Most children with atopic eczema can be managed effectively in primary care with emollients and topical steroids, although the new topical immunomodulators (Elidel and Protopic) are likely to play an increasing role in future management. The ultimate research goal is to identify factors that can be manipulated prenatally or in early infancy to prevent atopic eczema development; until then good management can significantly improve the quality of life of affected children. 

References

  1. Emerson RM, Williams HC, Allen BR. Severity ­distribution of atopic dermatitis in the community and its relationship to secondary referral.Br J Dermatol 1998;139:73-6.
  2. Charman C, Morris AD, Williams HC. Topical corticosteroid phobia in patients with atopic dermatitis. Br J Dermatol 2000;142:931-6.
  3. Williams HC, Burney PG, Hay RJ, et al. The UK Working Party's diagnostic criteria for atopic dermatitis.Br J Dermatol 1994;131:383-416.
  4. Thomas KS, Armstrong S, Avery A, et al. Randomised controlled trial of short bursts of a potent topical ­corticosteroid versus prolonged use of a mild ­preparation for children with mild or moderate atopic eczema. BMJ 2002;324:768-71.
  5. Anon. Topical steroids for atopic dermatitis in primary care.Drug Ther Bull 2003;41(1):5-8.
  6. Lock S. Topical corticosteroids in atopic dermatitis. BMJ 2003;327:942-3.
  7. Williams HC. Evening primrose oil for atopic dermatitis. BMJ 2003;327:1358-9.
  8. Anon. Pimecrolimus cream for atopic dermatitis. Drug Ther Bull 2003;41(5):33-6.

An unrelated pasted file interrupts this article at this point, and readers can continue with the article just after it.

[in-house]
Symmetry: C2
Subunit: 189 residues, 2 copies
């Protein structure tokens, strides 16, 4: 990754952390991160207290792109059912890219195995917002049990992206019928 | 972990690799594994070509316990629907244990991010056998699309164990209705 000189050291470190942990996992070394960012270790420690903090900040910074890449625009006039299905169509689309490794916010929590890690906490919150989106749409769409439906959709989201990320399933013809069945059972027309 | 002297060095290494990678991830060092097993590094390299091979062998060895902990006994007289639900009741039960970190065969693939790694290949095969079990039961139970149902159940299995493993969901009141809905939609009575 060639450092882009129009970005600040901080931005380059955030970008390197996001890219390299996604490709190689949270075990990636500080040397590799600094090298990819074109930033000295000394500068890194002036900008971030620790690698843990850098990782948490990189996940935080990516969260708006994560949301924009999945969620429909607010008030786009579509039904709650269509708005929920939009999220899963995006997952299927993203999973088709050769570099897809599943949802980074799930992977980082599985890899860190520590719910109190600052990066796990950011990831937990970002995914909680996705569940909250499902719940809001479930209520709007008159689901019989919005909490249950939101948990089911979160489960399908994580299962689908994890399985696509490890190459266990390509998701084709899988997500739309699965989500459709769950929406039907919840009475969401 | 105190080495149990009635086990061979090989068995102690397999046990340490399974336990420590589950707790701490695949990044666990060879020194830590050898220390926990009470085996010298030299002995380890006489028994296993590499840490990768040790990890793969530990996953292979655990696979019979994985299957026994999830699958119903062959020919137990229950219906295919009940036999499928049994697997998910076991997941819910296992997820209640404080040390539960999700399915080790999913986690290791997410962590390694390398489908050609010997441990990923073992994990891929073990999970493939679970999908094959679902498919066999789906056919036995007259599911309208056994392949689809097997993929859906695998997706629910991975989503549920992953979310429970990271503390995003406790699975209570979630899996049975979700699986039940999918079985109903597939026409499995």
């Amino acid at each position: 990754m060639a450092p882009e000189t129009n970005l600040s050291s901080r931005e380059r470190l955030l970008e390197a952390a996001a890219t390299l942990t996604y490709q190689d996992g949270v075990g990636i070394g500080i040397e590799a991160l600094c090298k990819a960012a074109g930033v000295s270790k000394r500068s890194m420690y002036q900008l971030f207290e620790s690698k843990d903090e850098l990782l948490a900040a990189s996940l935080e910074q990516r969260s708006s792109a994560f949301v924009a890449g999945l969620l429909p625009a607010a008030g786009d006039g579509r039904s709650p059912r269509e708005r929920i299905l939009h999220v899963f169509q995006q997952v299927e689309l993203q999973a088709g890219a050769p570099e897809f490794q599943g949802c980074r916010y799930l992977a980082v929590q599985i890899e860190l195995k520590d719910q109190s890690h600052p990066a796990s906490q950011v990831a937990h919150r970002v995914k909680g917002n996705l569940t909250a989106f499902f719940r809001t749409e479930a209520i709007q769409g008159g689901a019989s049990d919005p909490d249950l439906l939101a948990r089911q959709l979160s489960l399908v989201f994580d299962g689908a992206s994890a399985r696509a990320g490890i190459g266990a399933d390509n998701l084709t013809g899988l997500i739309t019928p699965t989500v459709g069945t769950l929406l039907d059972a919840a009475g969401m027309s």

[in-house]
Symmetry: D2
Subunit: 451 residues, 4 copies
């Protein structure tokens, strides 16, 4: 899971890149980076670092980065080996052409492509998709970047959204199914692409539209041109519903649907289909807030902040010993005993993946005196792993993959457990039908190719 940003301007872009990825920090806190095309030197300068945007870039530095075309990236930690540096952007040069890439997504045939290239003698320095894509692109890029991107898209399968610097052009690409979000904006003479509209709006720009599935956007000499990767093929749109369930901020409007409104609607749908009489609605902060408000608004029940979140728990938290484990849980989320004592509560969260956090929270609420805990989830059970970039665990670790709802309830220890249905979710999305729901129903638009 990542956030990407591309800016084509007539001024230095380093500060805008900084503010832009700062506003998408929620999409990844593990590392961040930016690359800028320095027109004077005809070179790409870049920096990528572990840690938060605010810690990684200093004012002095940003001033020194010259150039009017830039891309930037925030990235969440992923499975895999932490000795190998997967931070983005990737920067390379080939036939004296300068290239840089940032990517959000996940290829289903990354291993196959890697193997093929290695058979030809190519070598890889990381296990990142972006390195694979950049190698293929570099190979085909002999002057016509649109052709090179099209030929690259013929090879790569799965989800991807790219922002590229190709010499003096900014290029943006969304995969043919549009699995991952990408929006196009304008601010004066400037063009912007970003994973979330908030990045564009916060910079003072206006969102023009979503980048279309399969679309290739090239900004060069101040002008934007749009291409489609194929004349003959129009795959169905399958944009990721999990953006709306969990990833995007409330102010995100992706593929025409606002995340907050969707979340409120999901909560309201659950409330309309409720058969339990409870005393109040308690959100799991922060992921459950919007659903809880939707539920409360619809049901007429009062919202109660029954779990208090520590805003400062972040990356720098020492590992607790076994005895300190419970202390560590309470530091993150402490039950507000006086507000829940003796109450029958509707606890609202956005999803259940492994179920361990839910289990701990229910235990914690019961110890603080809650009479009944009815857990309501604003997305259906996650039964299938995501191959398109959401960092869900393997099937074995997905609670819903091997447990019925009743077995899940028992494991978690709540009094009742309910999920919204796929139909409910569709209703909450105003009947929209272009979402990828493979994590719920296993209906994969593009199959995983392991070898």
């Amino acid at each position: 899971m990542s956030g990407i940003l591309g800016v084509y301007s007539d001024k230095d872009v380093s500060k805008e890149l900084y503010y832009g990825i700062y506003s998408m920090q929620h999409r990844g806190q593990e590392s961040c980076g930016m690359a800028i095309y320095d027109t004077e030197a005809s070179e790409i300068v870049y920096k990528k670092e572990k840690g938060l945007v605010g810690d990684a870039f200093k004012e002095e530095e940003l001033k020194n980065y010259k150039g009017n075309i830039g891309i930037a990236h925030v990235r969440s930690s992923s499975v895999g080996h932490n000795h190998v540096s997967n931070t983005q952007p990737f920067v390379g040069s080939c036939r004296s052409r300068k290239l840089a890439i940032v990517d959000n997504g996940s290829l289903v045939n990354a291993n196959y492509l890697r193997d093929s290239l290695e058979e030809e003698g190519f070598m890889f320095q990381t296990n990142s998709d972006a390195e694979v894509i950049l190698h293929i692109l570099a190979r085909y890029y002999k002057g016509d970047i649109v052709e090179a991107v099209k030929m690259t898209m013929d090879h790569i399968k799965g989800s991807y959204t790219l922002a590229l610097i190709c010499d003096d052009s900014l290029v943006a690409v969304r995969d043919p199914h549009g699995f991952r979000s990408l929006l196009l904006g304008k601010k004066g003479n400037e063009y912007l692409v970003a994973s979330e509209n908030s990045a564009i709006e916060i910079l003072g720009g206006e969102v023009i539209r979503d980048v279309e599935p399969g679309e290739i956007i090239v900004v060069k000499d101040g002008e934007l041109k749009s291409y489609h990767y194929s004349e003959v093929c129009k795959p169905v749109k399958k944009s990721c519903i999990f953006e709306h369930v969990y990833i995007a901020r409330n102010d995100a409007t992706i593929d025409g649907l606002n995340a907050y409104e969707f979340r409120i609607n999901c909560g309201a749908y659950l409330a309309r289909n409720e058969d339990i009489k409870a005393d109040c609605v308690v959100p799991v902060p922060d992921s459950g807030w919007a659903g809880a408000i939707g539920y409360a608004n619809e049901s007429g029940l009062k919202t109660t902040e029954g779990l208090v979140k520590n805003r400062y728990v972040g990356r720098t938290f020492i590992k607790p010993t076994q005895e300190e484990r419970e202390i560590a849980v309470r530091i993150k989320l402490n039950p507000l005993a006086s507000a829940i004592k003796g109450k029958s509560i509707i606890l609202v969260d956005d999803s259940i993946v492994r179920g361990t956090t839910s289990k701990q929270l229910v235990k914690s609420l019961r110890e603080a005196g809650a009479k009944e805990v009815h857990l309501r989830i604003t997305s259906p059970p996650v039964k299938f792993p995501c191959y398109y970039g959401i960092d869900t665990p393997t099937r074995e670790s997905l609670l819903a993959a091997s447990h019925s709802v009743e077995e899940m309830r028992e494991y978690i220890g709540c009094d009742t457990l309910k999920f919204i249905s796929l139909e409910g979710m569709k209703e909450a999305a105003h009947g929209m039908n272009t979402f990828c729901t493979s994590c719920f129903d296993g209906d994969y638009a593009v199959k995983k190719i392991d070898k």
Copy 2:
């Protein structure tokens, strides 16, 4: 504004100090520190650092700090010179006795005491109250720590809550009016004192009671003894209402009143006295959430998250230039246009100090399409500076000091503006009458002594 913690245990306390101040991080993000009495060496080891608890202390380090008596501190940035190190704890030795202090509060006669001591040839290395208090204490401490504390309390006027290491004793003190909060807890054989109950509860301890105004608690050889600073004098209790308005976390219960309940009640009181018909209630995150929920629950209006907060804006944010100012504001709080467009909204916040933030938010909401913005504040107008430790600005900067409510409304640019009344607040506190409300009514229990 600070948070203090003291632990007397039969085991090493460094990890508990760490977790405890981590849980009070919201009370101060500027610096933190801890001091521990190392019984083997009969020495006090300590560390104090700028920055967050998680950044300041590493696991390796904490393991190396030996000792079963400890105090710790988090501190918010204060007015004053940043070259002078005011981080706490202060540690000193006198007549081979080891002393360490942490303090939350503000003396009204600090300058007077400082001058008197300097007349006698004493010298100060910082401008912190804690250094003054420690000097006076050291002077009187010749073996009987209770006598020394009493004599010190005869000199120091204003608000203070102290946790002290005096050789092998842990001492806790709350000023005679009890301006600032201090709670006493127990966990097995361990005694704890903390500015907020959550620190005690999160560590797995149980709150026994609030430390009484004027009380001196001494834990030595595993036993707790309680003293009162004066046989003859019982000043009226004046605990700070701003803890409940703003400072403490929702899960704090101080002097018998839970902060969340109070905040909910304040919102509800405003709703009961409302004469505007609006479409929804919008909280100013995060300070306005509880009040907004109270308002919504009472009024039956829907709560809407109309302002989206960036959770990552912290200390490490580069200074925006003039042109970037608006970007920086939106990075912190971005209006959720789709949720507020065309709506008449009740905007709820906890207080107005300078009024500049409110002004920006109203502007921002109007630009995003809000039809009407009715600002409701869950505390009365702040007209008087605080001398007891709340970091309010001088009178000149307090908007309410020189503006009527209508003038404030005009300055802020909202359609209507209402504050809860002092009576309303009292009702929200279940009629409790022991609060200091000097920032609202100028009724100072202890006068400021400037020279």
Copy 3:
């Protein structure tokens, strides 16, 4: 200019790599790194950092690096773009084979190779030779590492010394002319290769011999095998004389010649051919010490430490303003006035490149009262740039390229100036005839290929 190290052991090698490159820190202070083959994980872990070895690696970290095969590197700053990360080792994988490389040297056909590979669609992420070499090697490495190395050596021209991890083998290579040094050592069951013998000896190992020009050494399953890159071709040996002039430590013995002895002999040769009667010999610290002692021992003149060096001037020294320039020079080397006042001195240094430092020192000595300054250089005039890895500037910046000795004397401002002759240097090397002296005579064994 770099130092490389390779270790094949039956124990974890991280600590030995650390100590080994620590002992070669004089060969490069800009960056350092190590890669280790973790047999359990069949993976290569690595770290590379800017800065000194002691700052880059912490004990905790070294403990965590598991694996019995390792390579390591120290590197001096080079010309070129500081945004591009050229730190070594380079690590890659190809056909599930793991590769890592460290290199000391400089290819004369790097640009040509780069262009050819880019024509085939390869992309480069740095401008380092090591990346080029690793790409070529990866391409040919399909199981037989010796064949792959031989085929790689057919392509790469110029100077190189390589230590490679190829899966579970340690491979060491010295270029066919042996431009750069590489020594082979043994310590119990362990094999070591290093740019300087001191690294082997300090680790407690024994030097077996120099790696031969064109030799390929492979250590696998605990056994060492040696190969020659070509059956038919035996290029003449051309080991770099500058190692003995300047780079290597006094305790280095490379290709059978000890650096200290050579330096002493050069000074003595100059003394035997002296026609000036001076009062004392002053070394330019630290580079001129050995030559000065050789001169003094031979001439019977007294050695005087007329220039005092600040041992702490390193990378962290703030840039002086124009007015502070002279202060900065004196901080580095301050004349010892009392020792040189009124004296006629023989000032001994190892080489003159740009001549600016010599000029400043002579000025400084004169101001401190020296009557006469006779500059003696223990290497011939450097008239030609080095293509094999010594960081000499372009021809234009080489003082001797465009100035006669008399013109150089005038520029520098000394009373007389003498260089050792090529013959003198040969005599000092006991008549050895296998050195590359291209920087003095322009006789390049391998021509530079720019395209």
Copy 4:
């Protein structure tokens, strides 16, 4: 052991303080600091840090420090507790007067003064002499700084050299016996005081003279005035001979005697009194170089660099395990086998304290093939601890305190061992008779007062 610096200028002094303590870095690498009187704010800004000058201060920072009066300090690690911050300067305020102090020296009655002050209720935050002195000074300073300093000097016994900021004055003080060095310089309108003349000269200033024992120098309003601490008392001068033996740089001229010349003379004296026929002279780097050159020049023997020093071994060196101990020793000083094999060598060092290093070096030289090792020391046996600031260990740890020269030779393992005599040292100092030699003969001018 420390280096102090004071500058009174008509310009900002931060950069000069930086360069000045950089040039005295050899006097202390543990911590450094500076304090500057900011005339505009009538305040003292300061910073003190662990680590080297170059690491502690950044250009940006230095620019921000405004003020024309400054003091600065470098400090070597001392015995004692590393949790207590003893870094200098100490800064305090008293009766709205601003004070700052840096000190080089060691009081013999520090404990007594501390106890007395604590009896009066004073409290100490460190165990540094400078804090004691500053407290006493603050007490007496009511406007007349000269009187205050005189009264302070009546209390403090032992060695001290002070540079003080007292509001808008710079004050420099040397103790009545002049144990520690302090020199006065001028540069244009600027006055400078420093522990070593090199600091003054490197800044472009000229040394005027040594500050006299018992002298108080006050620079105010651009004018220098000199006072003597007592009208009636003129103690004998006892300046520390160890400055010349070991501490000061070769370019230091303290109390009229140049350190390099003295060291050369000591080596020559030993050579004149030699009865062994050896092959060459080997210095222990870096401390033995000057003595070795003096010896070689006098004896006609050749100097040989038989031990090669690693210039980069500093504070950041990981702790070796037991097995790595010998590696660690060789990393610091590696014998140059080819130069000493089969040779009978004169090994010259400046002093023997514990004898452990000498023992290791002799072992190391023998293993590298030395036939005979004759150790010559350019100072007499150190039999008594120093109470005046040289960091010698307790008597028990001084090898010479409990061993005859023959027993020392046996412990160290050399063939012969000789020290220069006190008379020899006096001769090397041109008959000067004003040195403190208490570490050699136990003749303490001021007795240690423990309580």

9. Anon. Topical tacrolimus - a role in atopic dermatitis? Drug Ther Bull 2002;40(10):73-5.

Resources for healthcare professionals
British Association of Dermatologists
W:www.bad.org.uk
Website contains Guidelines for the management of atopic eczema, produced by BAD and Primary Care Dermatology Society (links: Doctors_Service Provision_Primary Care), and over 15 patient ­information sheets covering aetiology and management (links: Patients_Skin Disease Information_Atopic Eczema)
National Eczema Society Professional W:www.eczemapro.org Membership £20 per year - allows online access to community nurses handbook, ­guidance notes on topical steroids and emollients for GPs, and a variety of patient ­information leaflets
Drugs & Therapeutics Bulletin
W:www.dtb.org.uk/dtb/index.html Useful "Treatment Notes" for patients on steroid ­treatments for eczema
National Institute for Clinical Excellence (NICE)
W:www.nice.org.uk

Resources for patients
British Association of Dermatologists
W:www.bad.org.uk
Patient ­information sheets - useful ­information sheets covering aetiology and management National Eczema Society 
W:www.eczema.org

Further ­reading
Ellis C, Luger T. International Consensus Conference on Atopic Dermatitis II. Br J Dermatol 2003;148 Suppl 63:1-10.
Barnetson RS, Rogers M. Childhood atopic eczema. BMJ 2002;324:1376-9.